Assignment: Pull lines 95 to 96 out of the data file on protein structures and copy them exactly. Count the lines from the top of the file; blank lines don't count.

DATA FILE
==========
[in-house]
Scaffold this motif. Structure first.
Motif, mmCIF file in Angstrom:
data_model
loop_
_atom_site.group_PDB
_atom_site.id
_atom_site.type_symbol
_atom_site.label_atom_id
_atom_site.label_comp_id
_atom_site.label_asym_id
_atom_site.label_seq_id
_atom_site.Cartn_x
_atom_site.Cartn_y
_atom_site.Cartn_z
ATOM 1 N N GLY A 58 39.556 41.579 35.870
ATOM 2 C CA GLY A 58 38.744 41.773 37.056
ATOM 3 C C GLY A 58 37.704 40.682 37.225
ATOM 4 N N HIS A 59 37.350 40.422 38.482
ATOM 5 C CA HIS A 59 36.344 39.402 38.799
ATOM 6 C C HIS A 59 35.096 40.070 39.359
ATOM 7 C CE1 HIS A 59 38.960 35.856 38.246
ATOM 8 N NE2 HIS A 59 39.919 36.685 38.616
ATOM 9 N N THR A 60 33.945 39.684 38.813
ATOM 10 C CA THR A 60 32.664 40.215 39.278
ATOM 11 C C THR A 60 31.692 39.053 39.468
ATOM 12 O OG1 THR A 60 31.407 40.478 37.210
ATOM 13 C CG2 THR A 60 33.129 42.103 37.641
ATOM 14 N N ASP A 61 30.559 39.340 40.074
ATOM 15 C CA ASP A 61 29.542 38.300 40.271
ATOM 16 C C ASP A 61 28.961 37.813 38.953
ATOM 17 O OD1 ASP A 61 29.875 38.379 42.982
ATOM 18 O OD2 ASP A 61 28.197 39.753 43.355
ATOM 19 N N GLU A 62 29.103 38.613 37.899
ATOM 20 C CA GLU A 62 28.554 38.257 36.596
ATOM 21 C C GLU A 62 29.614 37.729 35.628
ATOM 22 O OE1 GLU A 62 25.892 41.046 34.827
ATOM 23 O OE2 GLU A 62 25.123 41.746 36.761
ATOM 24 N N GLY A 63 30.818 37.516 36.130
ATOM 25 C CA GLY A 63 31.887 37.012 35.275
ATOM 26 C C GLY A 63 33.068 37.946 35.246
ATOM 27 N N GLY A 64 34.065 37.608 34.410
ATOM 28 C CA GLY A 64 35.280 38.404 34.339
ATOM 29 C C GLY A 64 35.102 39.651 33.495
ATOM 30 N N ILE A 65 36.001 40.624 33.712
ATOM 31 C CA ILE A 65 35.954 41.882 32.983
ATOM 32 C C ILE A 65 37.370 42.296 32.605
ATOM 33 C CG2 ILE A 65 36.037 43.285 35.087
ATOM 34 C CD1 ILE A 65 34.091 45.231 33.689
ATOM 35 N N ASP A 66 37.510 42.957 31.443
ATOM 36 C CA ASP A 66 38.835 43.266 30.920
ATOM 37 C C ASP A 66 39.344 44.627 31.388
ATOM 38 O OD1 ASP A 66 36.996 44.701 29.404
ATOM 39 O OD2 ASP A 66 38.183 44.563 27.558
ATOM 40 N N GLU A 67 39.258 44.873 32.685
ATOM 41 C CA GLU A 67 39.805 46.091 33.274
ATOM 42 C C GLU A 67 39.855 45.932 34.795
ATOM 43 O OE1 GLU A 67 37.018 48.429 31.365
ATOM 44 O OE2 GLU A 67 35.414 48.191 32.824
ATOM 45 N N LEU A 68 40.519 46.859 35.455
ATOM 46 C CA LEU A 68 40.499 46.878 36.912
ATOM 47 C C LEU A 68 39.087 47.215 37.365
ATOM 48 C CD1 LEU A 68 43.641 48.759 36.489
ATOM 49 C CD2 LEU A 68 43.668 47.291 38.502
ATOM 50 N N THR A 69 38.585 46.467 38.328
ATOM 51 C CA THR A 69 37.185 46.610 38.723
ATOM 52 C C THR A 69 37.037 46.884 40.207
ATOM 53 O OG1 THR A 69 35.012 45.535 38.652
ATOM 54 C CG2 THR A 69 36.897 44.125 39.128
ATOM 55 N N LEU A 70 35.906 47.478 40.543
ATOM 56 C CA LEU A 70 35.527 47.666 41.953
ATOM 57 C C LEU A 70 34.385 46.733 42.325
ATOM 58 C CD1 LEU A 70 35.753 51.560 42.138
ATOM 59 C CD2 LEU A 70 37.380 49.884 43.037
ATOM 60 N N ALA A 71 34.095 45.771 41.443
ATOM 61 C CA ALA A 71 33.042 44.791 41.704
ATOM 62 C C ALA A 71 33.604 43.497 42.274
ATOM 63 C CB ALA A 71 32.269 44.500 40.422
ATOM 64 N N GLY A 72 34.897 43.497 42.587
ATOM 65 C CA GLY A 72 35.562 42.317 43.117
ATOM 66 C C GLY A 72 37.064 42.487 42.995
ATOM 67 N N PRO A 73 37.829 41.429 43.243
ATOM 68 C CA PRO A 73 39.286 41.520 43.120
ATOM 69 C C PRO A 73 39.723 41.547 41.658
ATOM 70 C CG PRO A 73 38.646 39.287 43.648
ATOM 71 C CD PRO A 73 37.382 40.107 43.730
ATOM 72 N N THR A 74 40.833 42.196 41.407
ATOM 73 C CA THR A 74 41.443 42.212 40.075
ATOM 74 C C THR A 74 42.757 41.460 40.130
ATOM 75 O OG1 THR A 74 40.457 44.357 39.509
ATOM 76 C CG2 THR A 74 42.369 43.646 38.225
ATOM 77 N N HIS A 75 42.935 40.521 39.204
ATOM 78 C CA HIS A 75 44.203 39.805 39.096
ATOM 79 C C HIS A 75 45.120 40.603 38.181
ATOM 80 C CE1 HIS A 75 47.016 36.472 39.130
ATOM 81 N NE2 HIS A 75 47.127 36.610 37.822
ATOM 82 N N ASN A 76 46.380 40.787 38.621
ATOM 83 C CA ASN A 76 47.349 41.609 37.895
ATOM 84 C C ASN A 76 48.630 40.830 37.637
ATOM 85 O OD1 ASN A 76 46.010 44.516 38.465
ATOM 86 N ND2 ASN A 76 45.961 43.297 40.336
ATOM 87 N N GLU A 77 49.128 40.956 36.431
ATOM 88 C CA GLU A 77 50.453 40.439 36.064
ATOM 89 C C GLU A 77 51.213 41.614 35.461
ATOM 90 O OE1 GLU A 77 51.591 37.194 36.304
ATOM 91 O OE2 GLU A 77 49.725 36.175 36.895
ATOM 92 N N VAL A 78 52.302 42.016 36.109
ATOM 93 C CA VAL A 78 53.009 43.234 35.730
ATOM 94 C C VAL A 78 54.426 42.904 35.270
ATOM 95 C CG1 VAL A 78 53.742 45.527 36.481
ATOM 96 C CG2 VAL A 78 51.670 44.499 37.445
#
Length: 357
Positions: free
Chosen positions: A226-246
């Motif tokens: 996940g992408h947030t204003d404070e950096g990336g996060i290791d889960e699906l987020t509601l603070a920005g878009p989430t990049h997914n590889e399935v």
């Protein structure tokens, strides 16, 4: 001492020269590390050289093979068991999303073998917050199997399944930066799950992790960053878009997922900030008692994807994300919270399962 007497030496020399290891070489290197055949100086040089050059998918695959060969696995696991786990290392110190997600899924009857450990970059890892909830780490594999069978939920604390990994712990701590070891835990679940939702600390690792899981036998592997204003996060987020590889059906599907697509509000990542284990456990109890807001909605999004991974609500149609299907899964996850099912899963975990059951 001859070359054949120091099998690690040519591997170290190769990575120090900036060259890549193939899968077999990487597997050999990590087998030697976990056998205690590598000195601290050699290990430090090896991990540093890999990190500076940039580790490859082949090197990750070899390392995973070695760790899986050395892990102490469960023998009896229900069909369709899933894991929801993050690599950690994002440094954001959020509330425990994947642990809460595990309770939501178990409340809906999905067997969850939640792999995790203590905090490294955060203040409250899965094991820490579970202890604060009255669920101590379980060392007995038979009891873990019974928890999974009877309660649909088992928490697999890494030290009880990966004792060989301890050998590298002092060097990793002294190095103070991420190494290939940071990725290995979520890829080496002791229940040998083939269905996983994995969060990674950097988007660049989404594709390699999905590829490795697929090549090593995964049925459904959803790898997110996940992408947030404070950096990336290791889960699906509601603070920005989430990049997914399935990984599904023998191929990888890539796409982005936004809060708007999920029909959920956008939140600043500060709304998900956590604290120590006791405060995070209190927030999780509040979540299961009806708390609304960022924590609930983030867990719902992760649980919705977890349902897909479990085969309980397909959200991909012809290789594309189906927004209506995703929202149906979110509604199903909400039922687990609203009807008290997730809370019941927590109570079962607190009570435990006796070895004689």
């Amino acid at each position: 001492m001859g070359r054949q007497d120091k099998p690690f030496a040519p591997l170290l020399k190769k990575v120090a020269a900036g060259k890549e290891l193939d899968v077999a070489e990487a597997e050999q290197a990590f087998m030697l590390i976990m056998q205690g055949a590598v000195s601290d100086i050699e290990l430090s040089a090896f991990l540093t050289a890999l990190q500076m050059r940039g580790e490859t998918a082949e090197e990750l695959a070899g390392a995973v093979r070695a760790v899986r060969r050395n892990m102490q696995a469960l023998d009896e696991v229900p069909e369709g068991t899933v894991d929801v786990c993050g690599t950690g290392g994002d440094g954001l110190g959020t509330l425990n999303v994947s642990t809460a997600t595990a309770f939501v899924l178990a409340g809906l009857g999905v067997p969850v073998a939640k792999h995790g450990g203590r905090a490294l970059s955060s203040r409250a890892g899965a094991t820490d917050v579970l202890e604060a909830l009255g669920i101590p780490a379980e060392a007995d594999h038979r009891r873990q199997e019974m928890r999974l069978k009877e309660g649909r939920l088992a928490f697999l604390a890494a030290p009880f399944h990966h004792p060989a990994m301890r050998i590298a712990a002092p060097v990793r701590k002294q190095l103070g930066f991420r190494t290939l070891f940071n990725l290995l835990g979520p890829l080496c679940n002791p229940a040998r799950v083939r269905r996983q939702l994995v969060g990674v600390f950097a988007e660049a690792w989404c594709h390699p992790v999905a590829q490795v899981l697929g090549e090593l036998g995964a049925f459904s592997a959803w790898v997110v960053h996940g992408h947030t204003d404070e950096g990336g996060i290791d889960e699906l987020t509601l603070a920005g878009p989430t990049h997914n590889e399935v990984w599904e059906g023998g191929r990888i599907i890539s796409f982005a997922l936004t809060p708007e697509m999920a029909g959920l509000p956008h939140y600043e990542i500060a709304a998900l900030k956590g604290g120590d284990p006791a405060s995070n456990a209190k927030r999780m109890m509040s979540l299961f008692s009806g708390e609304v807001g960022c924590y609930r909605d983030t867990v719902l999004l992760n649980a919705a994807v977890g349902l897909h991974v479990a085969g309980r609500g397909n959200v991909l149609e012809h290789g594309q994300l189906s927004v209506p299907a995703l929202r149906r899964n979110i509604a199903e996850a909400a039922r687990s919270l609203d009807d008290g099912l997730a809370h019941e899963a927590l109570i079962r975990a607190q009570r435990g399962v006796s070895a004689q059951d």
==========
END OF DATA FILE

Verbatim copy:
ATOM 80 C CE1 HIS A 75 47.016 36.472 39.130
ATOM 81 N NE2 HIS A 75 47.127 36.610 37.822